User:David Gerard/scratch

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IABC draft[edit]

Final version is out now. Various gratuitous wording changes, but substantially the same.

How corporate representatives can work better with Wikipedia[edit]

Public relations professionals have had a rocky relationship with the Wikipedia community. Fortunately, the problems can be resolved to the benefit of both.

What is Wikipedia?

Wikipedia can be daunting to people who are unfamiliar with it, because it works like almost nothing else out there. The key is to understand that Wikipedia itself is not an organisation, but a community - made up of thousands of individuals, with varying opinions and motivations, but all directed to the project of writing an encyclopedia. They're amateurs, doing it for love, and if anything comes from outside that seems it might interfere with that, they hit the roof.

The problem

Every day Wikipedia editors deal with large volumes of poor edits from corporate advocates that aren't familiar with our content policies, or with appropriate etiquette for editors with a conflict of interest. Worse, a lot of these label themselves "PR representatives", even the ones that are really just spammers. Many Wikipedia editors grow weary or resentful of cleaning up vast quantities of low-quality promotional editing.

There's also the philosophical conflict: a corporate representative is a paid advocate, but Wikipedia is all about neutrality.

Working with it, not against it

PR professionals that spend the time and effort to learn Wikipedia's content policies and behavioral etiquette for conflict-of-interest editing will help both Wikipedia and themselves. If you respect the community, you will generally receive respect in return. Those that put in the effort to participate on Wikipedia properly will find editors willing to spend their time helping them. Companies that provide value to Wikipedia will find Wikipedia providing value to them.

It's worth trying your hand at Wikipedia yourself. See if you enjoy just contributing to Wikipedia on topics not linked to your work. If you see something wrong and you have a reference to support it, hit "edit" and add it! Be utterly upfront about who you are, where you're from, your client list, your conflicts of interest. This is not for everyone, but it is the quickest way to understand Wikipedia from the inside.

Image contributions, under a proper free-content licence, are also both useful and good for your reputation.

Solving your problem

Not everyone wants to take up Wikipedia as their hobby. If all you want to do is correct factual errors and fix other overt problems, it's easy to ask for help. Articles' talk pages aren't always monitored, but there's a {{request edit}} template to flag that an editor with a conflict of interest needs help. There's also {{help}} and the conflict of interest noticeboard. If there's something seriously problematic (e.g., defamation of a living person) or that you would like handled in a non-public forum, you can email us at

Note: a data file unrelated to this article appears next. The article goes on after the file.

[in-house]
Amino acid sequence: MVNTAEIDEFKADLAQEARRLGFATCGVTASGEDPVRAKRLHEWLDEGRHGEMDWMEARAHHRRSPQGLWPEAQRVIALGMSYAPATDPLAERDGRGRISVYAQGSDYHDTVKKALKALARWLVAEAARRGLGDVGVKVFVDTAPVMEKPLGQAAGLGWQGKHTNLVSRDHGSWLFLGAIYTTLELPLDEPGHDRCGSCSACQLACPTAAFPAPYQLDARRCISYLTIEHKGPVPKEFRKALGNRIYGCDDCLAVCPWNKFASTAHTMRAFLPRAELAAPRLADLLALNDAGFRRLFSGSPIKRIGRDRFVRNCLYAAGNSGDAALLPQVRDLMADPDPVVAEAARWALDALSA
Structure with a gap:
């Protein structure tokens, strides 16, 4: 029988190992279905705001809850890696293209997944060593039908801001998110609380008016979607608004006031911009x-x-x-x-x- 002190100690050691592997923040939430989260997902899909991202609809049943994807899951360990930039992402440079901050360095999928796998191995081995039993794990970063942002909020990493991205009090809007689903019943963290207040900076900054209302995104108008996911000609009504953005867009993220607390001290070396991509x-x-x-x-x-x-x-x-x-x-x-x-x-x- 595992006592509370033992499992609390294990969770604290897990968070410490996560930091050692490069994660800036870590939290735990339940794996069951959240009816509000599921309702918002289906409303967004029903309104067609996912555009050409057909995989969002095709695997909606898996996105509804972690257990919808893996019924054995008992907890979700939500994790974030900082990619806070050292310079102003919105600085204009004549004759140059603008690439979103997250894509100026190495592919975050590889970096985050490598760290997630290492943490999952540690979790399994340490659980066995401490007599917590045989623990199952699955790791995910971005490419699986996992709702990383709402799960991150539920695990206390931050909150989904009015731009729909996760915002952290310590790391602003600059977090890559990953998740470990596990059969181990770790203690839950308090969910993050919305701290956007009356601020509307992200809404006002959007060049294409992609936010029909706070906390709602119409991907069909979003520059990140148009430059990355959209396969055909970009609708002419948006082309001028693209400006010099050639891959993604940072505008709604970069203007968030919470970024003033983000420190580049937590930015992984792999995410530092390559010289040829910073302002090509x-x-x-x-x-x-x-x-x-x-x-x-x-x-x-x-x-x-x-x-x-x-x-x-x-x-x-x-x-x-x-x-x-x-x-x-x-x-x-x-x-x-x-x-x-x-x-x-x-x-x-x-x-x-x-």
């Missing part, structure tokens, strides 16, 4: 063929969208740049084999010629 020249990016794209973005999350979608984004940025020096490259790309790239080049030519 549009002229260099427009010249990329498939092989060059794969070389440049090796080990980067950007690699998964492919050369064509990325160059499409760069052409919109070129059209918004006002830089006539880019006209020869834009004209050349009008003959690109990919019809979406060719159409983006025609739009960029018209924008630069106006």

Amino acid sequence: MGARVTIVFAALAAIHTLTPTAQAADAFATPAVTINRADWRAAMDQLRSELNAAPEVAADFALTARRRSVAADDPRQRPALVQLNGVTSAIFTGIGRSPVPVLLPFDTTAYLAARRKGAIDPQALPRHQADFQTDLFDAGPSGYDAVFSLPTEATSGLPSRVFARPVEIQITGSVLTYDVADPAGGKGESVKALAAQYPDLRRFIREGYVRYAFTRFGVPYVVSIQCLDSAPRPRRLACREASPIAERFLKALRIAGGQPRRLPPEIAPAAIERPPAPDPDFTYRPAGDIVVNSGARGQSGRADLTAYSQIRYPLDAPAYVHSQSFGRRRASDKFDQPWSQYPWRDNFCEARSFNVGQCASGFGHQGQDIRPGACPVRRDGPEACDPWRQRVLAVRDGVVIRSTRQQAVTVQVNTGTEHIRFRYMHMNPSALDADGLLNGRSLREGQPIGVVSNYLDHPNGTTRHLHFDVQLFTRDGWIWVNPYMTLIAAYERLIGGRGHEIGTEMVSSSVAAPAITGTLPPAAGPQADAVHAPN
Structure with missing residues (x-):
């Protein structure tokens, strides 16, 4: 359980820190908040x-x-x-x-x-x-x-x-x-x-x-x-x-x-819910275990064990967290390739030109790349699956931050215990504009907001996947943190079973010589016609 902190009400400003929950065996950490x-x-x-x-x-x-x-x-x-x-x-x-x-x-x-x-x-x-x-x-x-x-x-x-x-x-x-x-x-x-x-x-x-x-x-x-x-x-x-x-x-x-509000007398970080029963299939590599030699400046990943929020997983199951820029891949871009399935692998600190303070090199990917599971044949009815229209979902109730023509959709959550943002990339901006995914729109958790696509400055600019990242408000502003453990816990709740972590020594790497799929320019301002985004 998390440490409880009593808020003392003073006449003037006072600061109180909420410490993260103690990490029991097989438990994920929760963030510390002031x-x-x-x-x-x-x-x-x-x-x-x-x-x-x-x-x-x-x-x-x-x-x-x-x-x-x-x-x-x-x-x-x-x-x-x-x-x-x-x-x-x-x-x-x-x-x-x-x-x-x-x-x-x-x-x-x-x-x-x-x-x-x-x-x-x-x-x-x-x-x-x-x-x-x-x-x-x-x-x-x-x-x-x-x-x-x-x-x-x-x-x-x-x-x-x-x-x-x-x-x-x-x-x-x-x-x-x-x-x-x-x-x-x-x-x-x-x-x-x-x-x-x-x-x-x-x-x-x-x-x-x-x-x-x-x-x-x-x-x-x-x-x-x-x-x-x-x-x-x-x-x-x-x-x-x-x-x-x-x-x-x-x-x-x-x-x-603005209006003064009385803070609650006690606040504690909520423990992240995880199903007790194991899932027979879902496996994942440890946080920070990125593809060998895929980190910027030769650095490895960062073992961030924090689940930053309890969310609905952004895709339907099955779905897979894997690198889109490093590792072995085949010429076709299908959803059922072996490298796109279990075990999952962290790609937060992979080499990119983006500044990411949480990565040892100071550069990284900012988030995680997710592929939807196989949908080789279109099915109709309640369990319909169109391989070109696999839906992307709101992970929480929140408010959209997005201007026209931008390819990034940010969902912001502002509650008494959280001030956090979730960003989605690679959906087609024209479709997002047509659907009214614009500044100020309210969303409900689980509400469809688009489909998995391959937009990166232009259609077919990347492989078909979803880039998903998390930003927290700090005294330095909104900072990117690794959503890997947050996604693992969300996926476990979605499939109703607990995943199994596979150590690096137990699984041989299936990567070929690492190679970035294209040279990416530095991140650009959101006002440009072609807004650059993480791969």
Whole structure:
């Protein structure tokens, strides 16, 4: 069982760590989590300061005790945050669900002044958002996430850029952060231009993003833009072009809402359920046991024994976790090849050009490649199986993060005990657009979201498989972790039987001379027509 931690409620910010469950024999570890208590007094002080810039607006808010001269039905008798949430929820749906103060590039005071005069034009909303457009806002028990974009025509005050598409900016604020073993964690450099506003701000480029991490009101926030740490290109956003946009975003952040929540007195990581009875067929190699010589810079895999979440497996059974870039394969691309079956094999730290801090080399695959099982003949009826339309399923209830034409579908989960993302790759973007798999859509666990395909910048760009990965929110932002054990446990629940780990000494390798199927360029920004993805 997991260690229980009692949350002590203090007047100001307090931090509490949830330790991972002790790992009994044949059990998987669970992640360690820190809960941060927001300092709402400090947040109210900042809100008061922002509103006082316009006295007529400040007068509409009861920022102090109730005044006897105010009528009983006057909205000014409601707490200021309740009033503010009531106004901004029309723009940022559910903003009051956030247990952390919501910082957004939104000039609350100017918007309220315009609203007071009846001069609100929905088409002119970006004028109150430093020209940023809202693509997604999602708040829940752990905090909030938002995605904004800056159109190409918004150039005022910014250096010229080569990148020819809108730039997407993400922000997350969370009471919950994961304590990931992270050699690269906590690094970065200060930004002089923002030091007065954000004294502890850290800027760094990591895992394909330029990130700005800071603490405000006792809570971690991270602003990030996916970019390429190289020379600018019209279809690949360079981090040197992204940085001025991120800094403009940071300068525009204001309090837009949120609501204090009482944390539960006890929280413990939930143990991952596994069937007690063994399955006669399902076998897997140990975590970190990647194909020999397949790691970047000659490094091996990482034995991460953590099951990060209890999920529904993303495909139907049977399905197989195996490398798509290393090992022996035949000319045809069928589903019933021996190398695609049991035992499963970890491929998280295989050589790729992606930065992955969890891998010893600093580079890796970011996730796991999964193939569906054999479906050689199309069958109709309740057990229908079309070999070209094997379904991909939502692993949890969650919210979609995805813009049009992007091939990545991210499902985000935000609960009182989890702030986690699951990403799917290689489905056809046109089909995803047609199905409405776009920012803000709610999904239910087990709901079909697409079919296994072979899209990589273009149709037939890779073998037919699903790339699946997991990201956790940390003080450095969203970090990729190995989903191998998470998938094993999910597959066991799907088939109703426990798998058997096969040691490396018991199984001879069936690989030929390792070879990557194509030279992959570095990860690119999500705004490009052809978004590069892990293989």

Conflicts of interest

Don't edit the article page itself. Wikipedia's guidelines say you can edit an article about you in certain circumstances, but, based on personal observation, I would advise against this - the media and general public have repeatedly pilloried editors and companies with a conflict of interest, even when they were arguably acting within reason.

What's a conflict of interest? It's what the phrase means in conventional English. Would the papers and general public think it was a conflict if they looked through your work a year later? Don't do it.

Neutrality is king. Your client may superficially want to bias things to their apparent favour, but neutrality is better in practice - because if bad stuff is in the public record, someone will find it. If you don't say it, someone else will.

Come work with us

Engage with the people as people. There is no individual at Wikipedia who can give you permission to do a particular thing (including me - this article is advice, not a set of rules) - and if you see a guideline and look for loopholes, you've got the wrong idea and things aren't going to go well. But if you see other Wikipedians as your fellows, they will see you that way in turn.

Wikipedia is not like writing copy for a newspaper. It's a culture of collaborative writing where what really matters is contributing ideas and thoughts to the topic at hand and achieving a synthesis. That writing process can appear to be very robust from the outside, and it certainly takes some time to get used to. But the results are that one of the top ten websites in the world is an encyclopedia, of all things. So something's clearly working. And you can work with us.

Motif of harmful sensation[edit]

A fantastically useful essay on the topic ... but the title is a neologism and it's basically a collection of original research. User:David Gerard/Motif of harmful sensation to do work on it.